Matthews calls his guitar style “chickin pickin,” which is best described as snapping the strings by pulling up on them to get a sound like a chicken talking. Chickin pickin has been made famous by the likes of Vince Gill and Brad Paisley.
“My guitar playing is heavy on the twang,” says Matthews, who lists Paisley, Gill, Keith Urban and Stevie Ray Vaughn as his musical influences.
Says Johns: “I’ve never seen anyone play guitar like Zac.”
Matthews met Johns a couple of years ago and hired the drummer to play the Rock County Fair last year. A few months later, Matthews hooked up with Blachford through mutual friends. “I auditioned for him and was hired that same night,” Blachford says.
Johns, 22, has been around music most of his life, thanks to his father’s job with a production company. Johns started out by playing the blues with Pistol Pete, a local guitar player, and with a pop rock dance band.
Blachford started playing piano at age 6 and picked up his brother’s classic guitar at 12. Three years later, he started playing bass. He came into country after playing in punk rock and heavy metal bands. “Now,” he says, “country is all I listen to.”
Golomboski says that, for a new band, ZMB has a great rapport. “They sound like they’ve been playing together for years,” he says. “They have great chemistry. They’re unique and fresh. They work their tails off. The excitement they bring to the stage is phenomenal. It’s what country music needs.”
On and off the stage, band members are exceptionally close. “We can be on the road for two to three weeks at a time. Then we’re home for just one day and we really miss each other. It’s weird,” says Matthews. “We have a bond. We can fight, we can laugh, but at the end of the day we love each other. We’re like brothers. There are no egos in this band.”
Members of the group relish their time on the road, whether it’s a one-night gig close to home or a weeklong stay in Nashville. Matthews is the only single member of the group.
“I love to travel,” he says. “Being in a band, we get to see the world in a way that’s different than how other people see it. In a short amount of time, we’ve done some pretty cool stuff.”
Blachford, 30, is married with two young children. “My wife is extremely supportive,” he says. “She knows this is something I’ve always wanted to do. Does it get tough? Yes. Thankfully, it’s easier to stay in touch with today’s technology.”
A Promising New Year
When they’re off the road, Matthews and his bandmates stay plenty busy. They fill their days with rehearsals, writing new songs, setting up future gigs and marketing the band. Matthews calls himself a stern businessman, not afraid to make tough decisions. “We spend a lot of time making phone calls and hitting the pavement,” he says. “It’s hard work, but it’s paying off.”
But they’re not going at it alone. Recently, Golomboski introduced the band to Orville Almon, a prominent Nashville-based entertainment lawyer who’s represented some of the biggest names in country music, including Aldean and Dwight Yoakum. And now he’s working with ZMB.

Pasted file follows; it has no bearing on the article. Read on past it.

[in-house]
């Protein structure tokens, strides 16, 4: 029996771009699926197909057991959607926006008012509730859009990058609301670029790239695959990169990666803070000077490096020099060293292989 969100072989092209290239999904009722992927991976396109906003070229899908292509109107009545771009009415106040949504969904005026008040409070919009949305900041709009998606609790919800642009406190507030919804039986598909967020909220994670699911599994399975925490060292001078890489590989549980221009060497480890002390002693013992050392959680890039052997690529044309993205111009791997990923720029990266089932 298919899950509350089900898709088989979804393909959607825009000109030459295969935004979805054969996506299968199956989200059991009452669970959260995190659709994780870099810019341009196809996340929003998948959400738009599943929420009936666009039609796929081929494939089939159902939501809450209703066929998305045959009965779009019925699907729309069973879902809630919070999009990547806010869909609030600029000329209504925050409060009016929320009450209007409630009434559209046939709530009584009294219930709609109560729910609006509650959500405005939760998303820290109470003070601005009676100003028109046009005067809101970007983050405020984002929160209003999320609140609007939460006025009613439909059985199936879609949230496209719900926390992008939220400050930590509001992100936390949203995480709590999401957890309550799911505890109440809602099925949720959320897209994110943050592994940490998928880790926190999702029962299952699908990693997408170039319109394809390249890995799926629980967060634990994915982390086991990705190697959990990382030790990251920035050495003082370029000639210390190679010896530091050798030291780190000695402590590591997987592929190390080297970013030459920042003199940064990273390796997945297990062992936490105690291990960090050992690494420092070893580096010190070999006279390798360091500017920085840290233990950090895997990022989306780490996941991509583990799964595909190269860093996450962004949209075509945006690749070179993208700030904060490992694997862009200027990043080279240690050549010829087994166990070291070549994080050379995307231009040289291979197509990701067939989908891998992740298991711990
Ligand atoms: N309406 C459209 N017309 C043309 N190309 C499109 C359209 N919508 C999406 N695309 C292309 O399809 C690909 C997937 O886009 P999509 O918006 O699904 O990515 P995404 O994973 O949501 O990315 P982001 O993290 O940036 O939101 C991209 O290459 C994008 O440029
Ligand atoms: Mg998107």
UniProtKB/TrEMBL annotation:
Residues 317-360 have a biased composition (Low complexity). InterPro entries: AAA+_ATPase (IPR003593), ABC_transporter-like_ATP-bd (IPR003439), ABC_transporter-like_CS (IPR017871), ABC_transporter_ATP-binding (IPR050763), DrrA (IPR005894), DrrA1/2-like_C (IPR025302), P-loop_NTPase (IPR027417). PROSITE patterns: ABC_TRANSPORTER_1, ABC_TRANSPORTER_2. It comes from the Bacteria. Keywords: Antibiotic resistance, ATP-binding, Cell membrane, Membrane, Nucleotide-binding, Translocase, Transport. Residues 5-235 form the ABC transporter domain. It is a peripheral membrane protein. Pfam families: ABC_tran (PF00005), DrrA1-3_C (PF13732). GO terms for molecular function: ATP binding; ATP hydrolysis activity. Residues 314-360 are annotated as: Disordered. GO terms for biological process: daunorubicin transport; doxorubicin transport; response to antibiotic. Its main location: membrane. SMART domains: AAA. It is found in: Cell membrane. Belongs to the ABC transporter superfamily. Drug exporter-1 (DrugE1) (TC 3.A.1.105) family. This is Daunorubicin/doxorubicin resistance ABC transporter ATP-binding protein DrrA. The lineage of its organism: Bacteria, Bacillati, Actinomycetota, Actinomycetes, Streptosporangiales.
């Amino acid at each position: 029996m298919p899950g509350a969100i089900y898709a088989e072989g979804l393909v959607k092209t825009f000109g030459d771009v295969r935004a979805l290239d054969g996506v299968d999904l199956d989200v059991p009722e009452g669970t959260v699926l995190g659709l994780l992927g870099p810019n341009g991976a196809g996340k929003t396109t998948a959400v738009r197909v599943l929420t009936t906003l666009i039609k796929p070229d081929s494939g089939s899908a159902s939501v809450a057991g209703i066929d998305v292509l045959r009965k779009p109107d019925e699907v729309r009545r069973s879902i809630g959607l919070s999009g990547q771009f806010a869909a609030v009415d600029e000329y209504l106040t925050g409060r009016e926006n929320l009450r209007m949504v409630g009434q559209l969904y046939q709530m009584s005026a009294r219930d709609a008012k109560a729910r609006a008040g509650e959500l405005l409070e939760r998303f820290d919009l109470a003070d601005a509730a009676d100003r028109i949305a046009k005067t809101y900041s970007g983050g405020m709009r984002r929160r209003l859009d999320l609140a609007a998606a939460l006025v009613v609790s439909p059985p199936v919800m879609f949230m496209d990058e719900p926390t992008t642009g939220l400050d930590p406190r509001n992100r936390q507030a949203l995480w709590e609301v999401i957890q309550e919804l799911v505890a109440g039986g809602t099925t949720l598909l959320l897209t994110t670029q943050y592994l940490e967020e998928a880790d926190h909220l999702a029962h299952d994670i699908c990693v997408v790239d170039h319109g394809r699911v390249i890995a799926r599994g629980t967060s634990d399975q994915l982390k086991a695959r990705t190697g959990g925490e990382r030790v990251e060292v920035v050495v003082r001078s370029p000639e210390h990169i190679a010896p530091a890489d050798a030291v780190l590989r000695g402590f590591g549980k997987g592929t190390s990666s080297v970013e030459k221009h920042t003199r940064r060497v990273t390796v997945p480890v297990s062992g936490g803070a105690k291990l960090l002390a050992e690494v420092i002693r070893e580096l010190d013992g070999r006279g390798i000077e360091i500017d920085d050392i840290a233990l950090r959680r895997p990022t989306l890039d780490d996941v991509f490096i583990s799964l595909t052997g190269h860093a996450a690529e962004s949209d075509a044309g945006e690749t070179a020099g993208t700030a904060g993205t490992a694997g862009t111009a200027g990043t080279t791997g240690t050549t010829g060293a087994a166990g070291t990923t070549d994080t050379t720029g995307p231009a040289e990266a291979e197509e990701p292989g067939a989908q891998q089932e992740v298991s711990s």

“He’s one of the good guys,” says Golomboski. “In this business you have to watch your back. Orville is the one who can do that for this band. I’m 100 percent confident this will be a good match.”
“Many artists out there have talent, but you also need luck, connections and the drive to not give up,” Golomboski adds. “But the most important thing is to have the right people who believe in you and your ability. Bill McDermott is that guy. So is Orville Almon. I think 2016 is going to be a big year for the Zac Matthews Band.”
ZMB has booked shows well into next summer, including festivals like Old Settlers Days in Roscoe, Ill., Juda Fore Fathers Festival in Juda, Wis., and Rhythm on the River in Fort Atkinson, Wis. They’ll also perform at the CMA Music Festival next June in Nashville, for the second year in a row.
With as many as four gigs a week, the band recently purchased a customized bus to make travel easier. Many of their stops are in small rural towns across Illinois, Iowa and Wisconsin. Matthews prefers playing smaller venues. “Big cities are oversaturated with music,” he says.
Still, they know that reaching the next level probably means a move to a larger market. The band plans to relocate to Nashville, where it spent a chunk of this year making its debut album. “I like Nashville a lot,” says Matthews. “It’s exciting to be there with bands that I have been listening to for years. There’s a lot you can learn just by watching them.”
For the time being, they’re content with making things happen here at home. And country fans are starting to take notice.
Matthews has been greeted at his local grocery store by autograph seekers, and the band occasionally runs into fans wearing ZMB T-shirts. “That’s cool,” says Matthews. “It really hasn’t sunken in yet.”
Golomboski says listeners of his syndicated radio show on bestcountryradio.com love ZMB’s new single, “It’s on Tonight,” which debuted earlier this month. Now the band can’t wait to play it live for fans at next month’s release party.
“It’s on Tonight” is more than just a song title to Matthews. It’s an attitude.
“When we come to town, you know where the party is at,” he says, smiling. “When we’re on stage, it’s always a good time.”
Blachford agrees. “We’re living our dream.”